Before starting any archaeological intervention, archaeologists must ask for permission from the SAC. This entity is responsible for evaluating the project, its promoters, and directors, and for granting licences. The only requirement to direct an archaeological intervention is to hold a degree in history or archaeology and not to have any overdue reports, as established in the 2002 decree (Catalonia 78/2002).
Within three months after conducting fieldwork, project directors are expected to submit an initial report summarising the actions performed and the preliminary results. They then have two years to write a more complete report, which will be evaluated by the SAC and then archived.
During the two years allowed for writing the report documenting the works carried out and their results and interpretations, projects must also document the analysis performed on the materials and samples collected. This report, considered an objective account of the data collected during the intervention and all the results from the scientific study (Departament de Cultura Direccio 2016; Departament de Cultura i Mitjans de Comunicació 2009, art. B.I), is mandatory. Not complying with this requirement means after two years project directors will not be able to undertake archaeological work until the outstanding report is submitted to the administration (Catalonia 78/2002).
The finds and find inventories must be available for public consultation, and must be given to a public institution (museum, public cultural heritage storage facility) together with a copy of the report. This report is considered of public interest and the archaeologist(s) must provide access to it on request, even if it has not yet been published by the administration.
The required content of the final report is also defined in the 2002 decree (Catalonia 78/2002, art. 12.1). It includes both structural recommendations (sections such as motivation, goals, description of the work, methodology, conclusions, and interpretations) and specific content and documentation (such as stratigraphic, planimetric and photographic records, and an inventory of the finds).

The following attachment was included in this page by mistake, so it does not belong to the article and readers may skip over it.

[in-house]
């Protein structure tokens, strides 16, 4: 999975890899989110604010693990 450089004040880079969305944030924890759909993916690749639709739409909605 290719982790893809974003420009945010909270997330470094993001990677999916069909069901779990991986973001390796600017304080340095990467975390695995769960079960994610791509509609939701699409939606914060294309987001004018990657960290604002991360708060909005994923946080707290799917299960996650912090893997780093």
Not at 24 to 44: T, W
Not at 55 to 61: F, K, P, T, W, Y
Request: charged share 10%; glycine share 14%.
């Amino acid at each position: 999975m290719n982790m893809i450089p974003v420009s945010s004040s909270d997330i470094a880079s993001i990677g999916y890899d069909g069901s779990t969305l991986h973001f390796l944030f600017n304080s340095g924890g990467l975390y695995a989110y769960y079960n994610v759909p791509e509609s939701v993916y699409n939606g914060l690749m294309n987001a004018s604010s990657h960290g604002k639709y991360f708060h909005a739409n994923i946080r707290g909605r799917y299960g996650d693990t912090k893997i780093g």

A more detailed explanation of the requirements for the report is included in the style manual published by the Archives, Libraries, Museums and Heritage Directorate (Departament de Cultura Direccio 2016), which is considered to be in constant revision and amelioration. Although this document has no legal power, it describes the recommended or expected structure, content and format of the report and its attachments, and was published with the goal of presenting some standardised criteria both for format and contents, to allow better and more consistent dissemination of the data. For text, compatibility with Microsoft Office, Open Office and Adobe software is required. For images, the preferred formats are .jpg, .tiff, and .png. It is also compulsory to include the planimetrics in .dwg format (or other compatible formats). If geographical data are included in the attachments, they must comply with the ETRS89 standard (also DATUM ED50 until 2015).
Submission is normally made on paper, together with a CD containing the images from the report, the planimetric files, and a copy of the text of the report. Since the COVID-19 epidemic, this submission is now only made online.
After being accepted by the SAC, the reports are managed by the SSTI. This service archives a paper copy of each report (a second paper copy is archived in the corresponding territorial office of the SAC) and coordinates the digitisation and archiving of the reports into the digital report repository (Calaix) (Departament de Cultura i Mitjans de Comunicació 2009, art. B.II.2.3).